MM: What has changed over recent years is now you have to deal with local authorities when it comes to having the films approved, rather than with the central government. That has made things less centralized and bureaucratic, less intricate. For example, the only thing we were asked to change in Arnaud Desplechin’s Ismael’s Ghosts was a seven-second sequence with too many pubic hairs in close-up—in a film with several nude scenes. The censors said that they would have approved those films whose artistic quality is high enough to justify nudity, which goes to show that there is room for comprehension. Then of course there were films that were turned down, and other films that I did not even propose because I knew it would have been pointless. For me it was important to establish a relation of mutual trust and understanding with the censors, and I must say that it worked. We’re showing Takeshi Kitano’s last film in the big open-air arena, and that’s quite something.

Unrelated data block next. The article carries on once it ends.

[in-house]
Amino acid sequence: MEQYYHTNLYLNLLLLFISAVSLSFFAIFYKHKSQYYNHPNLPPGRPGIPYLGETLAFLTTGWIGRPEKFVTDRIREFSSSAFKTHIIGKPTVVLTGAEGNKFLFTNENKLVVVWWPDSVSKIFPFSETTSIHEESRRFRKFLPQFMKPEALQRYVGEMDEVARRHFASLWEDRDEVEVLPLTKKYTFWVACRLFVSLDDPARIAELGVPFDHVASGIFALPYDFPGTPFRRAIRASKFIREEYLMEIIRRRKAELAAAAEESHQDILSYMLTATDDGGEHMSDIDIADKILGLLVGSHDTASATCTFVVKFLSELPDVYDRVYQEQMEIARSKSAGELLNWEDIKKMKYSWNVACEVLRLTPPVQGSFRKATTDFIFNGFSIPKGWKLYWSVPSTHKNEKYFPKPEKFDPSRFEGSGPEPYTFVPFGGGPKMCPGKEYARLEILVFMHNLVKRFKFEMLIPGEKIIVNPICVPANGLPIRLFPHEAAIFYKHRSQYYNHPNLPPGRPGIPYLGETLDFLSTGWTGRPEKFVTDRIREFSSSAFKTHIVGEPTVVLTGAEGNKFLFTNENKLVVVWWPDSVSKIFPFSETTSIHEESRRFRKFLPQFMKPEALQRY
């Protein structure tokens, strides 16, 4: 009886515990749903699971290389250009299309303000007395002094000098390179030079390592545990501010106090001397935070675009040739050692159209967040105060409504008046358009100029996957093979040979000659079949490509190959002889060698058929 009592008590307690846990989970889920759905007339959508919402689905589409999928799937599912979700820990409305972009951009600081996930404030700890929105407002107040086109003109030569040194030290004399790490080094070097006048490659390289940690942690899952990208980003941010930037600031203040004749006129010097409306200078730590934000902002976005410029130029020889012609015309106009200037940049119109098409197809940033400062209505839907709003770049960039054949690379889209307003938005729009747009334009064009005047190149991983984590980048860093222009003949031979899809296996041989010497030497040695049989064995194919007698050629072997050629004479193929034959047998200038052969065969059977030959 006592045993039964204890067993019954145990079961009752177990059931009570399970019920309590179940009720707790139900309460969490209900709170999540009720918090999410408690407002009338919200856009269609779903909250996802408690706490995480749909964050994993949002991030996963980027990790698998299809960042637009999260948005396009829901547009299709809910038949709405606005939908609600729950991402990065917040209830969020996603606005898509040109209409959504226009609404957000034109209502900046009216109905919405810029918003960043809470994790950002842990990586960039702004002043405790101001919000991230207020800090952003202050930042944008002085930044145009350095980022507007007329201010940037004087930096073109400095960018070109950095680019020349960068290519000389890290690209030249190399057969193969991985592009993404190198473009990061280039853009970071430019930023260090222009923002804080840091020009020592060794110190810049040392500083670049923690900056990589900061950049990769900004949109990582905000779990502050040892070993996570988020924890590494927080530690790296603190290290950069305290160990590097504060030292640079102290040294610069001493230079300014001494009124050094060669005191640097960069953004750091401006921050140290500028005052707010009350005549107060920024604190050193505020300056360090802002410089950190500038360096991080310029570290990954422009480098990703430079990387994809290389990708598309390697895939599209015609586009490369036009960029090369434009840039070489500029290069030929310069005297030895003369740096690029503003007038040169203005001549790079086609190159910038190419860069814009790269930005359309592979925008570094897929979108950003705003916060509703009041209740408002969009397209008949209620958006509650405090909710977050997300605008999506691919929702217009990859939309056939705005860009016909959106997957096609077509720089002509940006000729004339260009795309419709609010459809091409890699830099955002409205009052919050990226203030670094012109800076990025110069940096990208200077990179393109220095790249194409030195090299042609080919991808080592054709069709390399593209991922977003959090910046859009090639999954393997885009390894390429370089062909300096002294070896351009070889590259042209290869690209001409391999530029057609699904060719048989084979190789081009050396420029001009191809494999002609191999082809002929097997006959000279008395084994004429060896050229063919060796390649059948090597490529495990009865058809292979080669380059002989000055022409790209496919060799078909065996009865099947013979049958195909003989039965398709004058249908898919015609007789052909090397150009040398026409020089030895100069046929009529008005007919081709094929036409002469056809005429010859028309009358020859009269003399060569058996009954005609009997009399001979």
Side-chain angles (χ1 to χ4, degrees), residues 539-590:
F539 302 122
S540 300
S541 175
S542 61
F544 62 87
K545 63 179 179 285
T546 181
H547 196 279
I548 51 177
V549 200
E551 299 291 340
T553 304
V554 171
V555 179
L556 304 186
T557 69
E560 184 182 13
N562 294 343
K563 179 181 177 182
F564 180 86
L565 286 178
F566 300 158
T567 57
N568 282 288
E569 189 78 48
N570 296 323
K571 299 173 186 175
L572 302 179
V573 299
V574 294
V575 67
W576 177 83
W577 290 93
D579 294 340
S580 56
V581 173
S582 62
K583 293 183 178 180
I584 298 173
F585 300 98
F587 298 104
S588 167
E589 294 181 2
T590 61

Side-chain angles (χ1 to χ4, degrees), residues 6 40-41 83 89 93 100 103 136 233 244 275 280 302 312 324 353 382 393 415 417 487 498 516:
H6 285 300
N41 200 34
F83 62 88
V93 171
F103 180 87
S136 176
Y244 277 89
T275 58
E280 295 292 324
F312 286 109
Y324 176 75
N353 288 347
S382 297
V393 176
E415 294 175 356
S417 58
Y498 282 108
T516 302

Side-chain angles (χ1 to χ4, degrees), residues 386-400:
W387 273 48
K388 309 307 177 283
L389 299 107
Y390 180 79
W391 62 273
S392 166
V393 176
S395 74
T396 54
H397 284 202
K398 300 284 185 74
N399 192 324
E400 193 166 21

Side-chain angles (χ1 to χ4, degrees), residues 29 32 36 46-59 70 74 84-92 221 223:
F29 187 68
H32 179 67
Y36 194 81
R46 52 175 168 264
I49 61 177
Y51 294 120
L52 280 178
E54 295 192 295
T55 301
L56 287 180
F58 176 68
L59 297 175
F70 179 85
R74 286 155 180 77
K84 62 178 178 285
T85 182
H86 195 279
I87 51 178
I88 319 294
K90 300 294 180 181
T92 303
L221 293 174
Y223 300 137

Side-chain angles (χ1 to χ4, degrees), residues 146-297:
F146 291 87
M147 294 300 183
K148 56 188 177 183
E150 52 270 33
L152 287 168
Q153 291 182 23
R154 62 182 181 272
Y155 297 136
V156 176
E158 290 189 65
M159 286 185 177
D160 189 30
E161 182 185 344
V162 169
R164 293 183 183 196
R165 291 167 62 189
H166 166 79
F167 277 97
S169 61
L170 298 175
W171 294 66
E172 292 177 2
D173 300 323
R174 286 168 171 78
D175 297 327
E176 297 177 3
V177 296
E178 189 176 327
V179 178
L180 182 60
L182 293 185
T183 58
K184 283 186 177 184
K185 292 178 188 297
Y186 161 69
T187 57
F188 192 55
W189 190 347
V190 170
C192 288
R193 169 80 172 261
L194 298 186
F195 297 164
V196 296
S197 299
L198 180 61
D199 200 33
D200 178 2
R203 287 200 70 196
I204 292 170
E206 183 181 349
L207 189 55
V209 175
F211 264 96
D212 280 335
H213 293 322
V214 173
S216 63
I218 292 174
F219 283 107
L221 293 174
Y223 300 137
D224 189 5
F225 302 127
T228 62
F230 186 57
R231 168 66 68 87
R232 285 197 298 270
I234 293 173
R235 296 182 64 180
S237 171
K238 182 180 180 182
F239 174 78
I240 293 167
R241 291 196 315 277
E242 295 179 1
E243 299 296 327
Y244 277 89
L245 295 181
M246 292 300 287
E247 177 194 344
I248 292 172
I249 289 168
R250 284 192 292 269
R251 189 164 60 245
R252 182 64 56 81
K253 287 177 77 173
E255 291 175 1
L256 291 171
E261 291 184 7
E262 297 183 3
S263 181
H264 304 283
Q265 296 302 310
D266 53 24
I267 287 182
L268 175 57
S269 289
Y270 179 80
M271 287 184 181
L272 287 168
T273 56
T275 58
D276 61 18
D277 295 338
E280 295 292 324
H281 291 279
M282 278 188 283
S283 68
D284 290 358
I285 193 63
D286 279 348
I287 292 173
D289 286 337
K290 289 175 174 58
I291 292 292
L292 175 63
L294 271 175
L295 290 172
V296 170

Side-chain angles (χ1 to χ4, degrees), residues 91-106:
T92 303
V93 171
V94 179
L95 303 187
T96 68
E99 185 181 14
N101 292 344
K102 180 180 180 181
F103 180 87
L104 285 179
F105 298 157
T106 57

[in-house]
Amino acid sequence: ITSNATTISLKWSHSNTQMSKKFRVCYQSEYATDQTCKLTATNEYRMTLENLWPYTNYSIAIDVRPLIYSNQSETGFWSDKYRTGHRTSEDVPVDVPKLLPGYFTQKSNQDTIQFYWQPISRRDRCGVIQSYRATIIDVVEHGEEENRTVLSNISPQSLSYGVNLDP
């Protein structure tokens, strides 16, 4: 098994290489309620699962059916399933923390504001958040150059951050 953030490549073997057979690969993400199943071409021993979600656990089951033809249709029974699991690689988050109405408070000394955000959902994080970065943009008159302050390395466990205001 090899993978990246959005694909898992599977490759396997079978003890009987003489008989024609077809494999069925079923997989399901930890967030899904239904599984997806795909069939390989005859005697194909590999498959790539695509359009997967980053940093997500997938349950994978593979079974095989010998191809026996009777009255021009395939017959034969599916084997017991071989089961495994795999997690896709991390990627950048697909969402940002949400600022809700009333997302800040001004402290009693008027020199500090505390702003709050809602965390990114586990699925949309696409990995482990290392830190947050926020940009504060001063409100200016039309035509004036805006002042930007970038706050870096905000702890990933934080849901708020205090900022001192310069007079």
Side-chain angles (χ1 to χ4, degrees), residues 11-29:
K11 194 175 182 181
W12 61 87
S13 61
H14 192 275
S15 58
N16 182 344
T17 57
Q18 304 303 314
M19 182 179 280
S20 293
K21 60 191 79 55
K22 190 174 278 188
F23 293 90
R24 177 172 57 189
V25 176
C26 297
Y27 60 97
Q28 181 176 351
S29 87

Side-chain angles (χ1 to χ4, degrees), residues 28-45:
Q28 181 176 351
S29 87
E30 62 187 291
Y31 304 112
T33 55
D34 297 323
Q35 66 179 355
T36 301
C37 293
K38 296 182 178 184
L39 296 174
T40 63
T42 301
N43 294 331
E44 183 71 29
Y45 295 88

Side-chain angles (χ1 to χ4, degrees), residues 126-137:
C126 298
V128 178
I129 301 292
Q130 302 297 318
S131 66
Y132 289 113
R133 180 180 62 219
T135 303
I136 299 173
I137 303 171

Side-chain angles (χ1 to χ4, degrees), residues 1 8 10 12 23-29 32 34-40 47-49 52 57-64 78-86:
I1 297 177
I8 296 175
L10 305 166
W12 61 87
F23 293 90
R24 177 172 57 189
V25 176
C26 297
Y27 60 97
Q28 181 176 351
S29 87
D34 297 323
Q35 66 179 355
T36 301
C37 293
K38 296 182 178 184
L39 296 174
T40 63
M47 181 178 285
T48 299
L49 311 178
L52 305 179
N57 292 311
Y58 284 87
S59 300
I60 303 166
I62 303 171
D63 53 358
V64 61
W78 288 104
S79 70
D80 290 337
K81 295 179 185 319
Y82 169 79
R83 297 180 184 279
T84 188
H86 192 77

RS: What is the state of cinephilia in China? Is there a growing need to watch, distribute, and write about independent cinema?
JZ: I believe there is more and more room for independent cinema in China; this year for instance some independent films have gotten great box-office results.
MM: Very much like in the rest of the world, film criticism—the most relevant forms of it at least—are to be found online rather than in print. The majority of mainstream media in China consider cinema a form of entertainment and nothing more, and consequently they tend to write about it only in terms of showbiz and celebrity culture. Film critics and reviewers are not to be found in mainstream publications.
RS: Jia, you’ve now branched out from direction into production, distribution, and festival-making, and now you are even planning to open an arts center. Can I ask you what motivated you to diversify your activities?
JZ: At the beginning I started to produce films for directors I wanted to help, whose talent I wanted to nurture. I realized that to do that you need time, energy, and resources, which is why I’ve set up these companies and institutions, so that younger people have an infrastructure to rely on, and I myself have more time to work on my own films.